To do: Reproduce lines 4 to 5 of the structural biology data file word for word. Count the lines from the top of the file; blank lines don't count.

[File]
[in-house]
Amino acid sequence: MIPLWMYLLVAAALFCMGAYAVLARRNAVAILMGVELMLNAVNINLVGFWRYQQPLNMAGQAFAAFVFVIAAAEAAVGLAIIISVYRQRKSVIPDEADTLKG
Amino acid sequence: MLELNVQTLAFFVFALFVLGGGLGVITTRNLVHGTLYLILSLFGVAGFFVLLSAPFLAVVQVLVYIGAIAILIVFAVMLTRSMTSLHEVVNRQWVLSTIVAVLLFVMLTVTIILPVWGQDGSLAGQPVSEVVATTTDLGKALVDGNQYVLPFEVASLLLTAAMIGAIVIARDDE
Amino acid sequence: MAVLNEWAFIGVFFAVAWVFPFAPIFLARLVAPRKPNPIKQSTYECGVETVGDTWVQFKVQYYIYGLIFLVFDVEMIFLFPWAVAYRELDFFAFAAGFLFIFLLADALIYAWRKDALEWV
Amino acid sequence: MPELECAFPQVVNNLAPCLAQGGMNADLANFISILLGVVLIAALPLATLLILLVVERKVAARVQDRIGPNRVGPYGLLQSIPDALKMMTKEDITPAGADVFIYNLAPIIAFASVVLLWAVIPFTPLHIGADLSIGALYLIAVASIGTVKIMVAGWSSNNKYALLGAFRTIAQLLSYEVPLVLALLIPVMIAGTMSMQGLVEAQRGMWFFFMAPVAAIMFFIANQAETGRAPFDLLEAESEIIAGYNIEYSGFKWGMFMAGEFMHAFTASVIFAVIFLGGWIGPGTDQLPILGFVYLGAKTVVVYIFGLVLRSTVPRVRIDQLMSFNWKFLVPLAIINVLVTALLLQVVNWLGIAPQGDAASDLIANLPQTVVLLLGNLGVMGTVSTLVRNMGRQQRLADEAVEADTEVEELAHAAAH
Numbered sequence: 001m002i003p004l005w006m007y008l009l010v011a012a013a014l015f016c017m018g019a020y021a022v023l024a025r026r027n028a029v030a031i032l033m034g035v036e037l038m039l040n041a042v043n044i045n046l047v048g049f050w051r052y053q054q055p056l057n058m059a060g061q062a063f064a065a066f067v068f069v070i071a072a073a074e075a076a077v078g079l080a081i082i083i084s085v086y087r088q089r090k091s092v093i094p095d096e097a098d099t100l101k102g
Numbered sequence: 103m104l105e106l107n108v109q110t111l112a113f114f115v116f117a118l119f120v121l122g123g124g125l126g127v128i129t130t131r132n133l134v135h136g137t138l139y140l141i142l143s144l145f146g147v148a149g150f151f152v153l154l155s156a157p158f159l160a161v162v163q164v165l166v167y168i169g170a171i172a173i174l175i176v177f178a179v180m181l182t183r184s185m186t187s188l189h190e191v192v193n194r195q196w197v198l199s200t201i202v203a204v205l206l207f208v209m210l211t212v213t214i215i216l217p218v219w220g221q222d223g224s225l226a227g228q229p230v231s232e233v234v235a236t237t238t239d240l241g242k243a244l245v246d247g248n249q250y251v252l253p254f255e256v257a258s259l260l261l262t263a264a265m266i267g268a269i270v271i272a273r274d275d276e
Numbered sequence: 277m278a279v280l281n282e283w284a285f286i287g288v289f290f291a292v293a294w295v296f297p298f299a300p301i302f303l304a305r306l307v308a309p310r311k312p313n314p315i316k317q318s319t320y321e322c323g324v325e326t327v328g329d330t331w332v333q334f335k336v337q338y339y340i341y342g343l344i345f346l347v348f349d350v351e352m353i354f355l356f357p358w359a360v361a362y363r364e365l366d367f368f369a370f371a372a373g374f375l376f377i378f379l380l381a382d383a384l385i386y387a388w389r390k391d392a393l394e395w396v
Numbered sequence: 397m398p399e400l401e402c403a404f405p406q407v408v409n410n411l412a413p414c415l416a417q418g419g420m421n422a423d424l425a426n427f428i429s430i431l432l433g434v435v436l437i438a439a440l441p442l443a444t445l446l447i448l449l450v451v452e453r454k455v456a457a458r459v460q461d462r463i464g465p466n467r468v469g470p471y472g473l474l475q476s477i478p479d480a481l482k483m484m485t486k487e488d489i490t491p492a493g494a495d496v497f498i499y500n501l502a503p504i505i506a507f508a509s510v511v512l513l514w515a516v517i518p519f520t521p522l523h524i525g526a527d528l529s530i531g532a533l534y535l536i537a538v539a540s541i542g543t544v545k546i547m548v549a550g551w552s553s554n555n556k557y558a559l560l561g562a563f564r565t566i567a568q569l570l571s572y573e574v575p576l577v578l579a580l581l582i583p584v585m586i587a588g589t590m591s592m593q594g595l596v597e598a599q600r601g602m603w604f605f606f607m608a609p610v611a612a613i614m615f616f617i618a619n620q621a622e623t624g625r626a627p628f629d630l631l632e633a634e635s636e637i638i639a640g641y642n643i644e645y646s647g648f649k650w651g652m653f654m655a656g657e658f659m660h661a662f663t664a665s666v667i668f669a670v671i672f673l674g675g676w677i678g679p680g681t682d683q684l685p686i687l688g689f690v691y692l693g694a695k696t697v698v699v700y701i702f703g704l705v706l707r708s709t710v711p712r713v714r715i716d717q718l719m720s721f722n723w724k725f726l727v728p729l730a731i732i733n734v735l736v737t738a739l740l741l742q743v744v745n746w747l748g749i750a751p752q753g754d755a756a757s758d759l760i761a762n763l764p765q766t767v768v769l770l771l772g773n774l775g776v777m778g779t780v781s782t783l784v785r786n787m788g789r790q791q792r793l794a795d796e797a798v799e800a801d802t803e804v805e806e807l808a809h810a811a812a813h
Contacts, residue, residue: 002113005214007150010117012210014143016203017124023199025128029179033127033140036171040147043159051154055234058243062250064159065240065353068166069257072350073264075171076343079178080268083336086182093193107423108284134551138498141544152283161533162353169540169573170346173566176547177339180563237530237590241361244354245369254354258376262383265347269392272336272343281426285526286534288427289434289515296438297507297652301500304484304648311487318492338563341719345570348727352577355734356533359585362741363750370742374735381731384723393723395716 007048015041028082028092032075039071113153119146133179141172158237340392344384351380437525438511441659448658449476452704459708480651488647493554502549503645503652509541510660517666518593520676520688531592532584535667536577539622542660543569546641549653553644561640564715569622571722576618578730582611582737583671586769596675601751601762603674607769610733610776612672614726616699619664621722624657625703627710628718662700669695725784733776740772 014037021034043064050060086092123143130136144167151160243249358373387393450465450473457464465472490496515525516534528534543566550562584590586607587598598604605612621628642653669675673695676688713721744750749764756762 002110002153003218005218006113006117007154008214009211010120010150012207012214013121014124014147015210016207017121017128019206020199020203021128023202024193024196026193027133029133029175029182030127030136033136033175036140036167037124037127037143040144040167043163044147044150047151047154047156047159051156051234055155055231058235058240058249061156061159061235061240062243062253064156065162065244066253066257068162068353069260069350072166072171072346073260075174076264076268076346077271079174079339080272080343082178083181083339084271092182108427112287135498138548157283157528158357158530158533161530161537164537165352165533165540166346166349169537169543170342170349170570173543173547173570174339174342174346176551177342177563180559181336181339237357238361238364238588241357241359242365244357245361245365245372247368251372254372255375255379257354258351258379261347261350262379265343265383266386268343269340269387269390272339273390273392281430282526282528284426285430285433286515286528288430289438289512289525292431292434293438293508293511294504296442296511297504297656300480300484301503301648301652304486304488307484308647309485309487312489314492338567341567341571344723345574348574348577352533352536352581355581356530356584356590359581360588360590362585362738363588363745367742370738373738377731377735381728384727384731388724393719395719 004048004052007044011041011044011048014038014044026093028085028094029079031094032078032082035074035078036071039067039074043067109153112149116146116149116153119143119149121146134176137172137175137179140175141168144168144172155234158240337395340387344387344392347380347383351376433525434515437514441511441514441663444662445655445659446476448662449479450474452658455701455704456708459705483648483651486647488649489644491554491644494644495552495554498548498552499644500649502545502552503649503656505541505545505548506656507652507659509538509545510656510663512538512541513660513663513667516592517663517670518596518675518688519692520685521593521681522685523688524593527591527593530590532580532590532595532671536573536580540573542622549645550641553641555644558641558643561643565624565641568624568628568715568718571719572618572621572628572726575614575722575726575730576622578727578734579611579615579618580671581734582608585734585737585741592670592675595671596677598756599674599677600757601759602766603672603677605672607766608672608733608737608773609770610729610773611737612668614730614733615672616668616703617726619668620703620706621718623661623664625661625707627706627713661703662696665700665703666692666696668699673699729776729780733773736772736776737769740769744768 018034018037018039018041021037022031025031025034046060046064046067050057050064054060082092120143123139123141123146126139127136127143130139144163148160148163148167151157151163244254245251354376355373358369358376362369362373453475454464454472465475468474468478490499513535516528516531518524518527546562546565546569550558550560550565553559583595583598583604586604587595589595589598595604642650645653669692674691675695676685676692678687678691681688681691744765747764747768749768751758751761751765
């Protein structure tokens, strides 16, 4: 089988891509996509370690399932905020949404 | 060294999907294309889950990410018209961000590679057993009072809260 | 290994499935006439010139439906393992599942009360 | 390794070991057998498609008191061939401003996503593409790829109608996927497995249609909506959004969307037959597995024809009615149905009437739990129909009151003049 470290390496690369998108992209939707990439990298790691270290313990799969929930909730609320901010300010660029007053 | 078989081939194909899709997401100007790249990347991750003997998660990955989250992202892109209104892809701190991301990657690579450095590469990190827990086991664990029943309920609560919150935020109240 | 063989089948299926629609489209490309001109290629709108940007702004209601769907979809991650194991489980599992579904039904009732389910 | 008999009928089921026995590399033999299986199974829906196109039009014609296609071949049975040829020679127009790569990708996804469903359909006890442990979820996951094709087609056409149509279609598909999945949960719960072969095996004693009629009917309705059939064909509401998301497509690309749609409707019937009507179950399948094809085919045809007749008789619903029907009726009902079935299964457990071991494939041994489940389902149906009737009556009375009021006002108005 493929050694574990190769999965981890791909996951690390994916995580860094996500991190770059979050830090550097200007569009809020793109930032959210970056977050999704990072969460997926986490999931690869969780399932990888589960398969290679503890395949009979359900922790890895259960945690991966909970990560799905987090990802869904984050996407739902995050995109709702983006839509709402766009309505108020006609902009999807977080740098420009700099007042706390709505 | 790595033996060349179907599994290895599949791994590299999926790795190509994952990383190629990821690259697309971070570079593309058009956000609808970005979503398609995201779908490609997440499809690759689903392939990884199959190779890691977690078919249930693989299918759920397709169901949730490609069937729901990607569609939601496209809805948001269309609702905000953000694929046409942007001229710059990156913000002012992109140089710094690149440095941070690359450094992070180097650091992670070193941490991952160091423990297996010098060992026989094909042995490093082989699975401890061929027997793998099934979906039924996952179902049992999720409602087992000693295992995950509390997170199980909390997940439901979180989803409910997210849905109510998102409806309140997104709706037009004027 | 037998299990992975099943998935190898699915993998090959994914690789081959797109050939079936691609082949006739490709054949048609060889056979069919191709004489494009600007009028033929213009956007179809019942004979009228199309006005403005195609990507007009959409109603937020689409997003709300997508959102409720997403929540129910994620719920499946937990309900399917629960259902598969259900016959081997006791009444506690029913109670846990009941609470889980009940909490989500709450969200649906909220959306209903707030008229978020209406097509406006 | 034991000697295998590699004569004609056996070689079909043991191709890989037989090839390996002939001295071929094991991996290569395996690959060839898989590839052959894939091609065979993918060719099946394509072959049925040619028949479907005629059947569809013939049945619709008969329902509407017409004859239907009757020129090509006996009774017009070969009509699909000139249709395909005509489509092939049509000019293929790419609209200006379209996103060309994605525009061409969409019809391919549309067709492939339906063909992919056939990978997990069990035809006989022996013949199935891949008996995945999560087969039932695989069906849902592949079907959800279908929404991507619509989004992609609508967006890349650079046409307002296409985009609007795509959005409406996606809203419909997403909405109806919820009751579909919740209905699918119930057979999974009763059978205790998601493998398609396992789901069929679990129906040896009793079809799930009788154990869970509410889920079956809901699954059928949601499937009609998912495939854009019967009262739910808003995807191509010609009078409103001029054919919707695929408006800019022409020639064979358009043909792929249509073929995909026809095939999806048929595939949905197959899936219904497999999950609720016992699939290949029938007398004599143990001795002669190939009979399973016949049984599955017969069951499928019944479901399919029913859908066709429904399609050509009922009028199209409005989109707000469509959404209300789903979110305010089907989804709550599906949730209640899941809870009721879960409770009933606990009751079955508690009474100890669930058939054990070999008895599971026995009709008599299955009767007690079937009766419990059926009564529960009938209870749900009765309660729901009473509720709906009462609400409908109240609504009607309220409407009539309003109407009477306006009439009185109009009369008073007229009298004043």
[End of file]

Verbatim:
Amino acid sequence: MAVLNEWAFIGVFFAVAWVFPFAPIFLARLVAPRKPNPIKQSTYECGVETVGDTWVQFKVQYYIYGLIFLVFDVEMIFLFPWAVAYRELDFFAFAAGFLFIFLLADALIYAWRKDALEWV
Amino acid sequence: MPELECAFPQVVNNLAPCLAQGGMNADLANFISILLGVVLIAALPLATLLILLVVERKVAARVQDRIGPNRVGPYGLLQSIPDALKMMTKEDITPAGADVFIYNLAPIIAFASVVLLWAVIPFTPLHIGADLSIGALYLIAVASIGTVKIMVAGWSSNNKYALLGAFRTIAQLLSYEVPLVLALLIPVMIAGTMSMQGLVEAQRGMWFFFMAPVAAIMFFIANQAETGRAPFDLLEAESEIIAGYNIEYSGFKWGMFMAGEFMHAFTASVIFAVIFLGGWIGPGTDQLPILGFVYLGAKTVVVYIFGLVLRSTVPRVRIDQLMSFNWKFLVPLAIINVLVTALLLQVVNWLGIAPQGDAASDLIANLPQTVVLLLGNLGVMGTVSTLVRNMGRQQRLADEAVEADTEVEELAHAAAH